Monetary policy decisions

The main objective of the ECB is to maintain price stability in the euro area. To this end, the ECB uses interest rates – and since the crisis also other measures – to affect financing conditions in the economy. By steering financing conditions, the ECB can influence the overall level of activity in the economy and can ensure that the inflation aim is met.

In detail: how are interest rate decisions passed on to the economy and prices?

Key interest rates

The Governing Council of the ECB sets three key interest rates.

  • The interest rate on the main refinancing operations. In these operations banks can borrow liquidity from the Eurosystem against collateral on a weekly basis, at a pre-determined interest rate.
  • The rate on the deposit facility, which banks may use to make overnight deposits with the Eurosystem at a (pre-set) rate lower than the main refinancing operations rate.
  • The rate on the marginal lending facility, which offers overnight credit to banks from the Eurosystem at an interest rate (also pre-set) above the main refinancing operations rate.

The rate on the deposit facility and the rate on the marginal lending facility define a corridor for the overnight interest rate at which banks lend to each other. The deposit facility rate acts as the floor of this corridor and the marginal lending facility acts as the ceiling.

Current and past rates

Non-standard measures

Before the crisis, the ECB provided a pre-set amount of credit to banks through auctions, in which banks put up collateral to guarantee the loans. Banks would also lend to and borrow from each other in the interbank market to fulfil their liquidity needs.

Since the financial crisis began in 2007, the ECB has introduced several non-standard monetary policy measures. The ECB’s non-standard measures have responded to the challenges posed by the different phases of the crisis.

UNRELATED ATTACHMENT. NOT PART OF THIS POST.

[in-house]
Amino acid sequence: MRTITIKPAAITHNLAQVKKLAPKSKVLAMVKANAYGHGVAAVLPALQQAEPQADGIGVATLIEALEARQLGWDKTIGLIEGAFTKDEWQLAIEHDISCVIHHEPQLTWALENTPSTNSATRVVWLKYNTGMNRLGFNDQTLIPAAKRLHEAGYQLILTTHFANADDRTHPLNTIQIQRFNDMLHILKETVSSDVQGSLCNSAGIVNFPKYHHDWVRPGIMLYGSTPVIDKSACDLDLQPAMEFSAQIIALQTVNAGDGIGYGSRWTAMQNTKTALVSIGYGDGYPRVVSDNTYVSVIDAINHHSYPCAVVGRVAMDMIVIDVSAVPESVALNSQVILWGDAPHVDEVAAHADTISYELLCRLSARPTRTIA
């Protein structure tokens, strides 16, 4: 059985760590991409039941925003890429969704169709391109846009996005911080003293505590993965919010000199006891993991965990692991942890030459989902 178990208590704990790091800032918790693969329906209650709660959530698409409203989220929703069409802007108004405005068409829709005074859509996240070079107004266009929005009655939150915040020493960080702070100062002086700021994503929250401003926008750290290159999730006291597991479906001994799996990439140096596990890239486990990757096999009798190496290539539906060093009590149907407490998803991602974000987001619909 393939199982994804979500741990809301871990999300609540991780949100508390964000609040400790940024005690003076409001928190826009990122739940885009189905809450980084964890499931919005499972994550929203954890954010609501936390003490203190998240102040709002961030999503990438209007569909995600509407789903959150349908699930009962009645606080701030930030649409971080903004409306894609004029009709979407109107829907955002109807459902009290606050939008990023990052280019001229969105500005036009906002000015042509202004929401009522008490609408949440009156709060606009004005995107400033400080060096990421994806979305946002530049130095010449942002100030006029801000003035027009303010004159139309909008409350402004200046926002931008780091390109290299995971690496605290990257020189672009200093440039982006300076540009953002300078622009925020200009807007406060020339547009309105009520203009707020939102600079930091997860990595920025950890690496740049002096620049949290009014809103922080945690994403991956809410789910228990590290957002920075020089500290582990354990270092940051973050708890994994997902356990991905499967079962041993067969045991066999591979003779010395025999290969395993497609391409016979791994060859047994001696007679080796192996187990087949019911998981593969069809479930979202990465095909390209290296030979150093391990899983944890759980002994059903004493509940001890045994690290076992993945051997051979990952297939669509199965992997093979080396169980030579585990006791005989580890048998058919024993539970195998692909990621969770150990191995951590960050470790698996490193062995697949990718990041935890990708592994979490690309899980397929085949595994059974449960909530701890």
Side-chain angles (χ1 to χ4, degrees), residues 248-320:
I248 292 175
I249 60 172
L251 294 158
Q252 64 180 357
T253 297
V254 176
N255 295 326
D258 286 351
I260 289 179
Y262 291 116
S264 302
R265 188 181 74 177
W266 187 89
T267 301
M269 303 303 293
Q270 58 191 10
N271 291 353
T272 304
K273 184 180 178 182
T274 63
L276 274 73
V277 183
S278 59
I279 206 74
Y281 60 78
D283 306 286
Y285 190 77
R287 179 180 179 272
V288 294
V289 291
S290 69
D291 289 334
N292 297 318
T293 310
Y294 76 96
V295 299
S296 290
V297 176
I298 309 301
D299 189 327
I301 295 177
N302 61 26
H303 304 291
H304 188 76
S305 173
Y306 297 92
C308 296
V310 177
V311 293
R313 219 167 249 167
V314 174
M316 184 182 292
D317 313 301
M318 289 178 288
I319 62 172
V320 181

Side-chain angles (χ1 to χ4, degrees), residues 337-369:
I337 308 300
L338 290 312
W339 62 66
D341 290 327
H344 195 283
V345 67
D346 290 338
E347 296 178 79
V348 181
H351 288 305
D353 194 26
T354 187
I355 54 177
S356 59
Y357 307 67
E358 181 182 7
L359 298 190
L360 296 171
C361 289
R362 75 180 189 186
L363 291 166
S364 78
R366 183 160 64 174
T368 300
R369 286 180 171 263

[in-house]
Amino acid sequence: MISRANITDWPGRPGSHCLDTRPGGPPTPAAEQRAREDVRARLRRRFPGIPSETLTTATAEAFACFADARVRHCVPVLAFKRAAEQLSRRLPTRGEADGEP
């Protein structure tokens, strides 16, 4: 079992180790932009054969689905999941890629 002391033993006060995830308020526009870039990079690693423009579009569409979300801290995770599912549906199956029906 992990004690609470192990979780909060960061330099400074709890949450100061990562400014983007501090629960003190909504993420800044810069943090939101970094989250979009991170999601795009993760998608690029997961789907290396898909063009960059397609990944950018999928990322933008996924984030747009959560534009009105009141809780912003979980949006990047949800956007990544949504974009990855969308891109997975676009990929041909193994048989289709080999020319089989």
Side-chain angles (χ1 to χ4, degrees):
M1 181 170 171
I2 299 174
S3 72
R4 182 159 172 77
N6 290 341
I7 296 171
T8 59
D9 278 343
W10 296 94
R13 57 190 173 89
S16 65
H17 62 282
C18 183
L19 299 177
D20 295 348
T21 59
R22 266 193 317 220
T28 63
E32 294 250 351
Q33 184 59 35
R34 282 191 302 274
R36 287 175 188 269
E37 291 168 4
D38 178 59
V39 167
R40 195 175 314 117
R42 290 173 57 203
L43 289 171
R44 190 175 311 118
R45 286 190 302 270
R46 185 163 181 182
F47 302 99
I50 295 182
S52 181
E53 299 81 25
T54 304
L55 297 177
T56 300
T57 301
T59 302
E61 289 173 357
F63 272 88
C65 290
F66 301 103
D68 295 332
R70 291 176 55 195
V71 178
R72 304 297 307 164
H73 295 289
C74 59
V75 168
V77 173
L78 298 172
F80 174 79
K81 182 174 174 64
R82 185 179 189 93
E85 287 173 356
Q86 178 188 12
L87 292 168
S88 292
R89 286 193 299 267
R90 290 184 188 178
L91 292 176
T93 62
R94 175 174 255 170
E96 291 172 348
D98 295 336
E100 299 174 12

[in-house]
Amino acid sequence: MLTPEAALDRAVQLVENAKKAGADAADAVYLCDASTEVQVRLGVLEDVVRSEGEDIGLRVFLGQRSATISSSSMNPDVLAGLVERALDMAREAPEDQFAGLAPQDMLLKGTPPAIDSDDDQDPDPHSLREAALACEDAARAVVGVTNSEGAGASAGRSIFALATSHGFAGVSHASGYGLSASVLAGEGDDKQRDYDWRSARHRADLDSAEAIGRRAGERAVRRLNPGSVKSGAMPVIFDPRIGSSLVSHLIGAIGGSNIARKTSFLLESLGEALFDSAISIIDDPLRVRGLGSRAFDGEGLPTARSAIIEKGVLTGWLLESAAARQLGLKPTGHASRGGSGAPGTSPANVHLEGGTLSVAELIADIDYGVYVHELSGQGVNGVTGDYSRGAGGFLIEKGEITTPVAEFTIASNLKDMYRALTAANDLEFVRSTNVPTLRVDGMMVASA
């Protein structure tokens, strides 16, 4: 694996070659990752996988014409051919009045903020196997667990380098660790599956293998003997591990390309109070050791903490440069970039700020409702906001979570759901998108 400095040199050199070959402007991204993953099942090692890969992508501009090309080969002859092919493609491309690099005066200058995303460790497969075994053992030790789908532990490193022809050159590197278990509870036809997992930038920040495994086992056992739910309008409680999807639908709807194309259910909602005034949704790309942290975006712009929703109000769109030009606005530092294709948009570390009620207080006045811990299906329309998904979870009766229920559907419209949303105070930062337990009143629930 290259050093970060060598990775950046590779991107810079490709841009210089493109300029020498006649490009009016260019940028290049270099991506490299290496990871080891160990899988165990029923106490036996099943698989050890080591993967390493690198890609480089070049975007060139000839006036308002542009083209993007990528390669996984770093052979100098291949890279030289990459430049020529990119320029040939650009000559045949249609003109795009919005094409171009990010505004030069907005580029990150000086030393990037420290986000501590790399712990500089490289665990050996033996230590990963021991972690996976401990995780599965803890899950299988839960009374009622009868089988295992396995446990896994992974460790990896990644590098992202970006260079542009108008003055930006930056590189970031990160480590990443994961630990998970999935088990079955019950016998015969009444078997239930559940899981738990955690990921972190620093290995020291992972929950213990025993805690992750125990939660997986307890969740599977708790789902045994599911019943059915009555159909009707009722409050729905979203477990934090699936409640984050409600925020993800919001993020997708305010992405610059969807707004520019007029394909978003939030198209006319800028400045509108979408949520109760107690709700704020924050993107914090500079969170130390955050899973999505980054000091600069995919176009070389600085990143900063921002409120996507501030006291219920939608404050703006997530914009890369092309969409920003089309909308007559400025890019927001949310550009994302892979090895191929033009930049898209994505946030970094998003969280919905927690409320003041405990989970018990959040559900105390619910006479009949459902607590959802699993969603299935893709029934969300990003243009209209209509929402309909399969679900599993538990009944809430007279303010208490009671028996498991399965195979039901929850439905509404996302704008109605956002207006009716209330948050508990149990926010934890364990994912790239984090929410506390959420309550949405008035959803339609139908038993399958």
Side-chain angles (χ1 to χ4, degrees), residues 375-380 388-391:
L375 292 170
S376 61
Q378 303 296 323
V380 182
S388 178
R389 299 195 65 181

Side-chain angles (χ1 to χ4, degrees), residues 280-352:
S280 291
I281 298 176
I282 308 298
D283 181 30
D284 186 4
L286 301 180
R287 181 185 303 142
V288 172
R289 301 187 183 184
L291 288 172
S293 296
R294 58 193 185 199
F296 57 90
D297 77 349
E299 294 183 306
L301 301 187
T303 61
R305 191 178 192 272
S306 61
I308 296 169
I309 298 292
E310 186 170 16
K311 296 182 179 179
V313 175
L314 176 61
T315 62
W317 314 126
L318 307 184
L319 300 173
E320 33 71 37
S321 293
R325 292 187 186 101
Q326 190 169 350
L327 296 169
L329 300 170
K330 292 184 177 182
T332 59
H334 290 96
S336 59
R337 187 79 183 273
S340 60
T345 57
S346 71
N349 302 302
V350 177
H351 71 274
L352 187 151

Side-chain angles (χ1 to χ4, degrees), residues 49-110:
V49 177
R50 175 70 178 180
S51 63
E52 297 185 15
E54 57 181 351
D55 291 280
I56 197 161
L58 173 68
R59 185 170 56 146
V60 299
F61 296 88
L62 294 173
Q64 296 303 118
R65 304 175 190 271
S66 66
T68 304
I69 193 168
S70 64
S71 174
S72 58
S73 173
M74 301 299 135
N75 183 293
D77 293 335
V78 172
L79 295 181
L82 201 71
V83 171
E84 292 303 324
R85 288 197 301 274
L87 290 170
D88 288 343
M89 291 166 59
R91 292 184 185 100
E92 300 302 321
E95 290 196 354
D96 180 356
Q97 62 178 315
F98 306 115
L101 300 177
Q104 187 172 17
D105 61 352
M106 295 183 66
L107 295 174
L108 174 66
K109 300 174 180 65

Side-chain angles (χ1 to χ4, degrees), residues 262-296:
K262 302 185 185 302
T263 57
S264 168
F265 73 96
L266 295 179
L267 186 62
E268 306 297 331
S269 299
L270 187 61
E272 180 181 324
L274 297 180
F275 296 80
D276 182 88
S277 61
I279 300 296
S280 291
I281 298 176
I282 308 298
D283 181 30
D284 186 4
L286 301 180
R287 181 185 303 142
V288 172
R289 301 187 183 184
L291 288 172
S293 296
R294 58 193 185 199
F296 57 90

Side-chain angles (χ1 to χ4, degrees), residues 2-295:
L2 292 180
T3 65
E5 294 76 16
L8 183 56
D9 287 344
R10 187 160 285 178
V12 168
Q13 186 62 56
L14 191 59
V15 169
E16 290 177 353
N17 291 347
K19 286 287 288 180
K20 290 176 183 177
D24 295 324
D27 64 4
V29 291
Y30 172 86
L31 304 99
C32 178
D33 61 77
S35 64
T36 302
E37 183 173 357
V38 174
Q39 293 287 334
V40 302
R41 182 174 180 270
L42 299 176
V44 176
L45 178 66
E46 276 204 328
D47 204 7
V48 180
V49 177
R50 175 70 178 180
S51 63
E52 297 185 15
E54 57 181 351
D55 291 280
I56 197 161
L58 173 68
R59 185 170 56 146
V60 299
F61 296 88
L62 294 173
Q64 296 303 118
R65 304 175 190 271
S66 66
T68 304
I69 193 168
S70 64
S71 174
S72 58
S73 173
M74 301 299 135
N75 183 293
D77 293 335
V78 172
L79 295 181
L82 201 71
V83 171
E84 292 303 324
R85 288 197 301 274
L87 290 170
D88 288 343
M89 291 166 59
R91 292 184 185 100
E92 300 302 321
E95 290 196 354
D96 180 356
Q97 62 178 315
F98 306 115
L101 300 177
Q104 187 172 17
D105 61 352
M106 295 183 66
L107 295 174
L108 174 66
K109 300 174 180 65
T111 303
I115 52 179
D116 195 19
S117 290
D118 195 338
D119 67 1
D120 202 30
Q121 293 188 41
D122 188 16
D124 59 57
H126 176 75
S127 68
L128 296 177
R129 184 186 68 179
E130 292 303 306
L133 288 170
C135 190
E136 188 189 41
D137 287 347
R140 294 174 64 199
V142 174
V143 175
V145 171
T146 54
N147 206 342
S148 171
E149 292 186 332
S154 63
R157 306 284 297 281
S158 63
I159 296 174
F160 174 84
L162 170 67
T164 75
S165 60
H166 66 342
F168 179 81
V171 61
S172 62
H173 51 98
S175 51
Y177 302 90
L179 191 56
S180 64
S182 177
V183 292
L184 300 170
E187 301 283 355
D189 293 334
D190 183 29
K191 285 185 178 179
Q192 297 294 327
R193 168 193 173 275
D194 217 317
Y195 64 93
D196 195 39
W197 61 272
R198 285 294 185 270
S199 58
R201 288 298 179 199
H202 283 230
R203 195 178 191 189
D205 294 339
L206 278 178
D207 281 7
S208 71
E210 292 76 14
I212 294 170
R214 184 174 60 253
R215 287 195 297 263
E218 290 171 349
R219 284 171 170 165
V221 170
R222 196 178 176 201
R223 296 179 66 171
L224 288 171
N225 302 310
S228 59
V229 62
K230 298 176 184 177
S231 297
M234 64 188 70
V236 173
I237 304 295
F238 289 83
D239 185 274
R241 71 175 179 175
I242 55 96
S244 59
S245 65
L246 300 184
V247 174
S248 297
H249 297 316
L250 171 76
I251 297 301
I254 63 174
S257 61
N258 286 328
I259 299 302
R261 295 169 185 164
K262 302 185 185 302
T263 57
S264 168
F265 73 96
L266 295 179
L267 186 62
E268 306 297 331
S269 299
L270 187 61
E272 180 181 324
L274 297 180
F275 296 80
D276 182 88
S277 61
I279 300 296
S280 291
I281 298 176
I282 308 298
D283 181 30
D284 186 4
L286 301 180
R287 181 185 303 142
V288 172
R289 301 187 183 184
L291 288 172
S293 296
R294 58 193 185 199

In the first phase of the financial crisis, the primary aim of the ECB’s non-standard measures was to provide liquidity to banks and to keep financial markets functioning.

As the interbank market dried up in autumn 2008, and banks could no longer rely on borrowing from each other, the ECB amended its approach and provided unlimited credit to banks at a fixed interest rate. The amended approach came to be known as fixed-rate full allotment. The maturity of these operations was extended considerably. Furthermore, the range of eligible assets that could be used as collateral in refinancing operations was expanded.

In the second phase of the crisis, which took the form of a sovereign debt crisis, the ECB’s non-standard measures aimed to address markets’ malfunctioning and to reduce differences in financing conditions faced by businesses and households in different euro area countries.

The ECB

  • purchased debt securities (Securities Markets Programme)
  • carried out very long-term refinancing operations (VLTROs)
  • announced conditional Outright Monetary Transactions (OMT), which acted as a powerful circuit breaker against self-reinforcing fears in sovereign bond markets.

In the third phase of the crisis the ECB’s non-standard measures addressed the onset of a credit crunch and the risk of deflation. With short-term interest rates already close to zero, the ECB’s non-standard measures were intended to influence the whole constellation of interest rates that are relevant for financing conditions in the euro area.

The ECB’s measures included: